Just days after avoiding any religious references in the slaughter of Christians by Islamist terrorists in Kenya, President Obama chose the setting of an Easter prayer breakfast Tuesday to criticize “less-than-loving” Christians.
Addressing an ecumenical gathering at the White House of cardinals, ministers, pastors and the lay faithful, Mr. Obama was talking about the Apostle John’s call to love “with actions and in truth” rather than with words. The president then briefly gave in to temptation, and deviated from his prepared remarks.
“On Easter, I do reflect on the fact that as a Christian, I am supposed to love,” Mr. Obama said. “And I have to say that sometimes when I listen to less-than-loving expressions by Christians, I get concerned. But that’s a topic for another day.”
The audience in the East Room murmured, some with apparent disapproval, as others laughed. The president did not elaborate on what he meant, and returned to his address.
“I was about to veer off,” Mr. Obama told the crowd. “I’m pulling it back.”
The president’s zinging of Christians came four days after he sanitized any reference to religion in the terrorist attacks at a college in Kenya that left 147 dead and scores wounded. Witnesses said the extremists, reportedly belonging to the Islamist terrorist group al-Shabbab, targeted Christians for death by asking hostages if they were familiar with passages from the Koran.
Mr. Obama’s official statement on the attacks described “terrorist atrocities” and “innocent men and women,” but never mentioned religion. His spokesman did say that Christians “reportedly” were targeted.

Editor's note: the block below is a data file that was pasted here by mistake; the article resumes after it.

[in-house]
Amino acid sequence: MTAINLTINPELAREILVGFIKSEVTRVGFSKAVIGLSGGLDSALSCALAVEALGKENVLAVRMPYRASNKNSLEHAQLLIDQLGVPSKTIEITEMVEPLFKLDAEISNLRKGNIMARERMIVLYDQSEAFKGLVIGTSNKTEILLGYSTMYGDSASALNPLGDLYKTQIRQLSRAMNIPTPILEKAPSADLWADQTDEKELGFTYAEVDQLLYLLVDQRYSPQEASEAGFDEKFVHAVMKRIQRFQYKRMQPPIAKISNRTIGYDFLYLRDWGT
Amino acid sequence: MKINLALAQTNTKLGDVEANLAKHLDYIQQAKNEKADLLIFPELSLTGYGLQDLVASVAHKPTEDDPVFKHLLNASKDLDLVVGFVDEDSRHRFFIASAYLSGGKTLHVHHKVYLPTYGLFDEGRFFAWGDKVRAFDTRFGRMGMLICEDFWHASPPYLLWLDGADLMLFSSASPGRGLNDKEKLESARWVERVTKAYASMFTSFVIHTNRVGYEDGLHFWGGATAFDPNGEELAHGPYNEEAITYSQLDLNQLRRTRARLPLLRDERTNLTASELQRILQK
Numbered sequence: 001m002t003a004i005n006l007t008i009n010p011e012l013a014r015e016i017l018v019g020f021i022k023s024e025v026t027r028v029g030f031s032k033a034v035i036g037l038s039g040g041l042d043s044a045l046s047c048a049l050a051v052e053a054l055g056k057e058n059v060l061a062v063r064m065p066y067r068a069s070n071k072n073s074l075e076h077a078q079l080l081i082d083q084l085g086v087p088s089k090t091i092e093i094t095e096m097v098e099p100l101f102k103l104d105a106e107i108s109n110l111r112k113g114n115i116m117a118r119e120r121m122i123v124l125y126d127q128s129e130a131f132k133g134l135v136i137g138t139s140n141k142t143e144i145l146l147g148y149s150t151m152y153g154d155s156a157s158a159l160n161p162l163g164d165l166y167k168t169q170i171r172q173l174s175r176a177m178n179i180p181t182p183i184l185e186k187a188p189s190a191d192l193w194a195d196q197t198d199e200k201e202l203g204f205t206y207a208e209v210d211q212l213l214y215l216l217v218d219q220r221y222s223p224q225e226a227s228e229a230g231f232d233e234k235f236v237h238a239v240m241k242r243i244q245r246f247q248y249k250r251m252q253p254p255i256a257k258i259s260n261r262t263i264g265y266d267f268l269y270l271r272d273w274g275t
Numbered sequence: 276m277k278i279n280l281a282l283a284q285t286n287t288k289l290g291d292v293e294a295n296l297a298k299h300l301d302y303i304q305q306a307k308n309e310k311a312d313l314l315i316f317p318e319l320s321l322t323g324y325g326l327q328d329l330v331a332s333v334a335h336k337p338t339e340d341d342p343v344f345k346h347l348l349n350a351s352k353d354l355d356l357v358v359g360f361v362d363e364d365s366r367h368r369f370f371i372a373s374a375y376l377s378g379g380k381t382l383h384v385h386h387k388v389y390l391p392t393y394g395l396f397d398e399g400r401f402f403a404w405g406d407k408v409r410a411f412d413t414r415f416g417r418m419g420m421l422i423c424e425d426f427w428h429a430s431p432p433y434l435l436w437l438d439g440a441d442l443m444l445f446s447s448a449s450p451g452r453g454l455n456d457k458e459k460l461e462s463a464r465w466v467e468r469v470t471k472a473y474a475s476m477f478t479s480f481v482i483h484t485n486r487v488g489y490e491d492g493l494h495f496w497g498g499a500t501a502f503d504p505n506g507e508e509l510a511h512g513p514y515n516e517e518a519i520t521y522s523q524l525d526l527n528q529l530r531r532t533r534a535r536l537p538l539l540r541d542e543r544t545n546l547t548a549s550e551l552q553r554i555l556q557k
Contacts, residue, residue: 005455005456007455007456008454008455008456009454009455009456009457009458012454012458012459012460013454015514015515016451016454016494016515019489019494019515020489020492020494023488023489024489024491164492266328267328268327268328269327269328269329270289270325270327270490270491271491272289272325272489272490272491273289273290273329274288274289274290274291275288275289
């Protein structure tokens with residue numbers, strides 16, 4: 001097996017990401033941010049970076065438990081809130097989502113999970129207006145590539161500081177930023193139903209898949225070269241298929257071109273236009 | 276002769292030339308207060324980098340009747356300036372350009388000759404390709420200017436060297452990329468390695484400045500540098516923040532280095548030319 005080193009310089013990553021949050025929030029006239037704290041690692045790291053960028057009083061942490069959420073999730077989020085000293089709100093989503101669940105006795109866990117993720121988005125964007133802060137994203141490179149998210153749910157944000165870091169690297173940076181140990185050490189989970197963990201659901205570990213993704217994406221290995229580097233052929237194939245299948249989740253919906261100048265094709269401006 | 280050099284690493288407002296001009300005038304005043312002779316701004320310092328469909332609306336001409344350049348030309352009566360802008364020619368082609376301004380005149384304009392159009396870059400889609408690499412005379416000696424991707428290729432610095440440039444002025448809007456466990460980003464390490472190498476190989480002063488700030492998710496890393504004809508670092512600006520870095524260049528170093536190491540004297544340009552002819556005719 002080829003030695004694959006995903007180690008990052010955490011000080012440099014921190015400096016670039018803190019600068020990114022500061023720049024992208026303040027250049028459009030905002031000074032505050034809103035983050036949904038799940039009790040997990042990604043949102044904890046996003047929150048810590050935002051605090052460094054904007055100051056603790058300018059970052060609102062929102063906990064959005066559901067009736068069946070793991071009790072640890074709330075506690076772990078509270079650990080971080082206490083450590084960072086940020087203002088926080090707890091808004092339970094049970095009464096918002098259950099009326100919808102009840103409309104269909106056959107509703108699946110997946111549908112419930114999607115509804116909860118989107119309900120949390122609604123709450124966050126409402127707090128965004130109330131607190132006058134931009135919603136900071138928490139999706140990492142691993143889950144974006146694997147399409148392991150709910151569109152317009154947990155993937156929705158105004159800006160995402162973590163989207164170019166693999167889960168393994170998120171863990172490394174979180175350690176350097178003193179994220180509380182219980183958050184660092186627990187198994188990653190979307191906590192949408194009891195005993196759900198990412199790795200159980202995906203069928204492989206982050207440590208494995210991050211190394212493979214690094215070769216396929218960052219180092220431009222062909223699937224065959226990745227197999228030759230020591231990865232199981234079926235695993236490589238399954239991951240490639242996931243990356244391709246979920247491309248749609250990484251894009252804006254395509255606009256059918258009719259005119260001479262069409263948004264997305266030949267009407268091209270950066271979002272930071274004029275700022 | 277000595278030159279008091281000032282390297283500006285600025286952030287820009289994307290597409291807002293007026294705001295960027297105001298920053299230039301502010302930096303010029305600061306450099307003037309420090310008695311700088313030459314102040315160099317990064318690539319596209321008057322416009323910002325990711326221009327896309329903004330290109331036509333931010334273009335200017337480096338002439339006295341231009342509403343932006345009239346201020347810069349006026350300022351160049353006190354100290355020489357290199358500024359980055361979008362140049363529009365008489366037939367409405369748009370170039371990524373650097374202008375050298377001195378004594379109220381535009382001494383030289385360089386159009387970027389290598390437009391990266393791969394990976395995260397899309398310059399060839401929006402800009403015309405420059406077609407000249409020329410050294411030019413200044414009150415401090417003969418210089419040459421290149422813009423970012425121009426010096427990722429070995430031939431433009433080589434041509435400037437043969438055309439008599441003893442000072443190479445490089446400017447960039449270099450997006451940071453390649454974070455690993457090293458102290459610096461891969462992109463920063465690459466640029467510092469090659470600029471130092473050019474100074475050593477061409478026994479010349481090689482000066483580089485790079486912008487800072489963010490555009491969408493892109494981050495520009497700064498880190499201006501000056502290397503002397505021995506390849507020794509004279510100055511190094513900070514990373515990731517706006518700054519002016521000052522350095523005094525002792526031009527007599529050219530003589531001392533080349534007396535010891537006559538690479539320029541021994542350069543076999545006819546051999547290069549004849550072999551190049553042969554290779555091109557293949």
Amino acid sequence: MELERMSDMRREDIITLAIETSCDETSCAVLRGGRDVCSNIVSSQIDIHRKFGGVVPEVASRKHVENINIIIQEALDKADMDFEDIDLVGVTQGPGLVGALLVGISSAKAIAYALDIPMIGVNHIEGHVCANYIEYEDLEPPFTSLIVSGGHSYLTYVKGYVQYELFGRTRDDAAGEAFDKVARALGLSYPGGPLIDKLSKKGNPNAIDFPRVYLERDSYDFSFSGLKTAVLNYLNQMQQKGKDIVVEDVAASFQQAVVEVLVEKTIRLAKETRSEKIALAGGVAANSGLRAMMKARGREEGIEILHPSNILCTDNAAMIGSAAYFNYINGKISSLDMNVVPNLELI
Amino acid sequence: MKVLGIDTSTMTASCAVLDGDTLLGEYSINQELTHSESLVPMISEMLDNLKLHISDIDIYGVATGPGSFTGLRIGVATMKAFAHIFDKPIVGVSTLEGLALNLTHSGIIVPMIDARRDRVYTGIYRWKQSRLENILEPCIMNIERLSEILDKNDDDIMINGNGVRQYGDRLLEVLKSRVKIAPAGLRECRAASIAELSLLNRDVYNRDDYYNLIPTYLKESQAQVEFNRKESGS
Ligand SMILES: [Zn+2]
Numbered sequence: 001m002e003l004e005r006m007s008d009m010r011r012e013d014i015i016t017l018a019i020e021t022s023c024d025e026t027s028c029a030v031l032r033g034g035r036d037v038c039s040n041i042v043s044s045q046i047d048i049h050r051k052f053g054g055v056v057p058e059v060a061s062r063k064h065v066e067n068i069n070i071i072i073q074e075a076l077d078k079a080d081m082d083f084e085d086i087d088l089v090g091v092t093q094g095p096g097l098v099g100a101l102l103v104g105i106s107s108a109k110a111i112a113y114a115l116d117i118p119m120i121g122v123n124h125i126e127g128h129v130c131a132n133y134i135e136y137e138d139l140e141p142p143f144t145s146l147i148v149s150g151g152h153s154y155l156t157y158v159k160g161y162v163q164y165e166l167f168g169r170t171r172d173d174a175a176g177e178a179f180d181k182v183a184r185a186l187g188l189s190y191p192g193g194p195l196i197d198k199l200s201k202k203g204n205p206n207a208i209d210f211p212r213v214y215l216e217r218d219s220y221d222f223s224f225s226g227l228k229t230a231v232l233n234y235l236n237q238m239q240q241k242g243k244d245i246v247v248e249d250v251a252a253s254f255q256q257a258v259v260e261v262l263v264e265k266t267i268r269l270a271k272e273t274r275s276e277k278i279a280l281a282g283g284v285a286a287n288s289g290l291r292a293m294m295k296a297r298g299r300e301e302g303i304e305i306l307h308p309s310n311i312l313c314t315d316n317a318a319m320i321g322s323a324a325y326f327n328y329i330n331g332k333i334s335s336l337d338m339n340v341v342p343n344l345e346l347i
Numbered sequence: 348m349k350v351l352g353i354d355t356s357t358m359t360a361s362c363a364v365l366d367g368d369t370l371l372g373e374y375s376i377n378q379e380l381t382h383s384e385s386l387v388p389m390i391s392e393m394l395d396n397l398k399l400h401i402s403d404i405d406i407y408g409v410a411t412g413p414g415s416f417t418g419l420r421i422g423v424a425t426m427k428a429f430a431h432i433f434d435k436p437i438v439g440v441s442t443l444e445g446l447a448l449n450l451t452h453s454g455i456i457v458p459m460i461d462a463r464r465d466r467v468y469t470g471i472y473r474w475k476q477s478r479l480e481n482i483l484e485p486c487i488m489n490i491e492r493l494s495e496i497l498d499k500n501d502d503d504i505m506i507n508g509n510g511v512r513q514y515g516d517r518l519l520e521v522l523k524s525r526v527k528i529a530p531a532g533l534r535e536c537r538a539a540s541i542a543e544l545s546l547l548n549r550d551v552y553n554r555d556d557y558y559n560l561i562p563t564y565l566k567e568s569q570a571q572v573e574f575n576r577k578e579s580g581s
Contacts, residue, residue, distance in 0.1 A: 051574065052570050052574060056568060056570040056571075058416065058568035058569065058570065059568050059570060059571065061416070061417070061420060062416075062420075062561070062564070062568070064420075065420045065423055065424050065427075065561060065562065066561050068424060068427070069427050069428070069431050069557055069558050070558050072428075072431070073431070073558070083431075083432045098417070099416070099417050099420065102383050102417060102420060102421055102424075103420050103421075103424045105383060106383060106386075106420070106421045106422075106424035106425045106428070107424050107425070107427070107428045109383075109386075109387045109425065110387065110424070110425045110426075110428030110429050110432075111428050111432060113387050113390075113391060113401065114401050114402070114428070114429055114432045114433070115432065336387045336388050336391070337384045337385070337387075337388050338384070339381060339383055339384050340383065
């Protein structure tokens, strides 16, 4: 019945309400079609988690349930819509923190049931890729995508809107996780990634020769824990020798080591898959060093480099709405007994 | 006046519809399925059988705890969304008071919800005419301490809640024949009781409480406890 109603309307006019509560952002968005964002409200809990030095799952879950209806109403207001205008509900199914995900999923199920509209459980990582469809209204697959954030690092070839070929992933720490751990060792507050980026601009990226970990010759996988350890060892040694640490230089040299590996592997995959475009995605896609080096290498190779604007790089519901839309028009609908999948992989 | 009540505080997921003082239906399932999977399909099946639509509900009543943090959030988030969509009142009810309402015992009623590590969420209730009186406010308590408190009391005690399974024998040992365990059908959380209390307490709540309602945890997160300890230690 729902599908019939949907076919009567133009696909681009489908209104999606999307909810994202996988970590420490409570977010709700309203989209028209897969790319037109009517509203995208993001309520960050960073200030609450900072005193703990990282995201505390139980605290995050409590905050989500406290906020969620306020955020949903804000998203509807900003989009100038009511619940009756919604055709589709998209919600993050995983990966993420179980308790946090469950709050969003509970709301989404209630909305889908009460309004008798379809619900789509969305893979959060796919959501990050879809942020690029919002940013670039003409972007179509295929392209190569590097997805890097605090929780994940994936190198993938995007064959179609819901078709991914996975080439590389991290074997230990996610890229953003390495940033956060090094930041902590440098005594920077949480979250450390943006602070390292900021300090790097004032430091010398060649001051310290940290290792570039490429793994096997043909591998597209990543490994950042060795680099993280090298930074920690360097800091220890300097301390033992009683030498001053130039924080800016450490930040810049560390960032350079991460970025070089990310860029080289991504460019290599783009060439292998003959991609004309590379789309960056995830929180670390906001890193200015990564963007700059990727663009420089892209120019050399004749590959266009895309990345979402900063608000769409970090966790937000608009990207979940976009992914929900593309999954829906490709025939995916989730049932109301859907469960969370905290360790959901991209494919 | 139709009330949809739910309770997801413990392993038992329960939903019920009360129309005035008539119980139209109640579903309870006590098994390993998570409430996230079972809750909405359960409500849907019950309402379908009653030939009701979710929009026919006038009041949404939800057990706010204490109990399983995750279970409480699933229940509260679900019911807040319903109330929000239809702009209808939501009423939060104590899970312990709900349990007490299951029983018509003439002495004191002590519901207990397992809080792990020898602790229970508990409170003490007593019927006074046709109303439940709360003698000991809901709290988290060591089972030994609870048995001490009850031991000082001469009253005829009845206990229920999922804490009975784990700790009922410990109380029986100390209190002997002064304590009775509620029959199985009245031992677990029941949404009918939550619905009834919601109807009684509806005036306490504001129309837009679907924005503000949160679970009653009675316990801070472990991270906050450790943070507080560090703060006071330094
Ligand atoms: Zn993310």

Bill Donohue, president of the Catholic League, called Mr. Obama’s comments at the prayer breakfast “very disturbing.”
“This comes right on the heels of Muslim madmen singling out Christians, calling them out by name, knowing which ones they wanted to execute, in Kenya,” Mr. Donohue said in an interview. “We have a president who never mentions the word ‘Christians’ except when he wants to denigrate them.”
It wasn’t clear whether Mr. Obama was referring to “expressions” directed at him personally, or other examples in the public arena. In the past week, the White House has been highly critical of efforts in Indiana and Arkansas to enact religious freedom laws, saying the measures discriminate against gays.
When a reporter asked White House press secretary Josh Earnest if he knew what Mr. Obama was referring to as “less-than-loving expressions,” Mr. Earnest replied simply, “I don’t.”
It’s the second prayer breakfast this year in which the president has offended some Christians. At the National Prayer Breakfast in Washington in February, Mr. Obama was discussing violent extremism when he urged Christians not to get on a “high horse” about violence motivated by religious beliefs.
“Remember that during the Crusades and the Inquisition, people committed terrible deeds in the name of Christ,” Mr. Obama said. “In our home country, slavery and Jim Crow all too often was justified in the name of Christ. So this is not unique to one group or one religion. There is a tendency in us, a sinful tendency that can pervert and distort our faith.”
Mr. Donohue said it’s part of a “pattern” by the president, who has said he doesn’t want to boost terrorist-recruiting efforts by engaging in anti-Muslim rhetoric.
“He doesn’t want to offend Muslims,” Mr. Donohue said. “But he obviously doesn’t mind offending Christians. Somehow it’s okay to speak about Christians disappointing him, because they don’t always act with love. Well, that’s true. But what a grand opportunity to make a statement about what happened last week in Kenya. And once again, he’s silent with Christians when it comes to us being the victims of genocide. But when it comes to a cheap remark like this, he doesn’t pass up an opportunity.”
Mr. Obama also was criticized in February for saying in an interview that the Jewish victims of a terrorist attack in Paris were killed “randomly.” Former Texas Gov. Rick Perry, a potential Republican candidate for president in 2016, said Mr. Obama was denying “the vicious anti-Semitic motivation” of the attack on a kosher deli.
But the president did refer to anti-Semitism in other comments he made about the attacks in France.